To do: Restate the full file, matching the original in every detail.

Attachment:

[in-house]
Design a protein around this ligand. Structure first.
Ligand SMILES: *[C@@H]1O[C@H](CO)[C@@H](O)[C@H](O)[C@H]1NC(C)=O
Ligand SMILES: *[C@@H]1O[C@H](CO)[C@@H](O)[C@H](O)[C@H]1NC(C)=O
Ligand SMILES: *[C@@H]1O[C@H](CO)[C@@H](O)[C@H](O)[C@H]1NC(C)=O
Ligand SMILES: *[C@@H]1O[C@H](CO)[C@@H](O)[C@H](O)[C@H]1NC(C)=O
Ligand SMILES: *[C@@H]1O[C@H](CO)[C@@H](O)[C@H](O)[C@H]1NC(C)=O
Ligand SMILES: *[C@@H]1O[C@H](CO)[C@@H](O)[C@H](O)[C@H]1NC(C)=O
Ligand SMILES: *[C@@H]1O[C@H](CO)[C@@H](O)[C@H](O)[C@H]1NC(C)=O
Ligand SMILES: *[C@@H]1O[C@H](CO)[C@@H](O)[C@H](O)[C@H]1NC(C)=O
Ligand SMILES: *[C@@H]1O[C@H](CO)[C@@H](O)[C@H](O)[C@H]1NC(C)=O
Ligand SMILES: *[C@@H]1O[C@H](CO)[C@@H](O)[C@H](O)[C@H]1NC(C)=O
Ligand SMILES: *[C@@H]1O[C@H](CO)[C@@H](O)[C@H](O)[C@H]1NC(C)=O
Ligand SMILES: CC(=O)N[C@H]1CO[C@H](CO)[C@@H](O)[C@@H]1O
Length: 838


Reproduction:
[in-house]
Design a protein around this ligand. Structure first.
Ligand SMILES: *[C@@H]1O[C@H](CO)[C@@H](O)[C@H](O)[C@H]1NC(C)=O
Ligand SMILES: *[C@@H]1O[C@H](CO)[C@@H](O)[C@H](O)[C@H]1NC(C)=O
Ligand SMILES: *[C@@H]1O[C@H](CO)[C@@H](O)[C@H](O)[C@H]1NC(C)=O
Ligand SMILES: *[C@@H]1O[C@H](CO)[C@@H](O)[C@H](O)[C@H]1NC(C)=O
Ligand SMILES: *[C@@H]1O[C@H](CO)[C@@H](O)[C@H](O)[C@H]1NC(C)=O
Ligand SMILES: *[C@@H]1O[C@H](CO)[C@@H](O)[C@H](O)[C@H]1NC(C)=O
Ligand SMILES: *[C@@H]1O[C@H](CO)[C@@H](O)[C@H](O)[C@H]1NC(C)=O
Ligand SMILES: *[C@@H]1O[C@H](CO)[C@@H](O)[C@H](O)[C@H]1NC(C)=O
Ligand SMILES: *[C@@H]1O[C@H](CO)[C@@H](O)[C@H](O)[C@H]1NC(C)=O
Ligand SMILES: *[C@@H]1O[C@H](CO)[C@@H](O)[C@H](O)[C@H]1NC(C)=O
Ligand SMILES: *[C@@H]1O[C@H](CO)[C@@H](O)[C@H](O)[C@H]1NC(C)=O
Ligand SMILES: CC(=O)N[C@H]1CO[C@H](CO)[C@@H](O)[C@@H]1O
Length: 838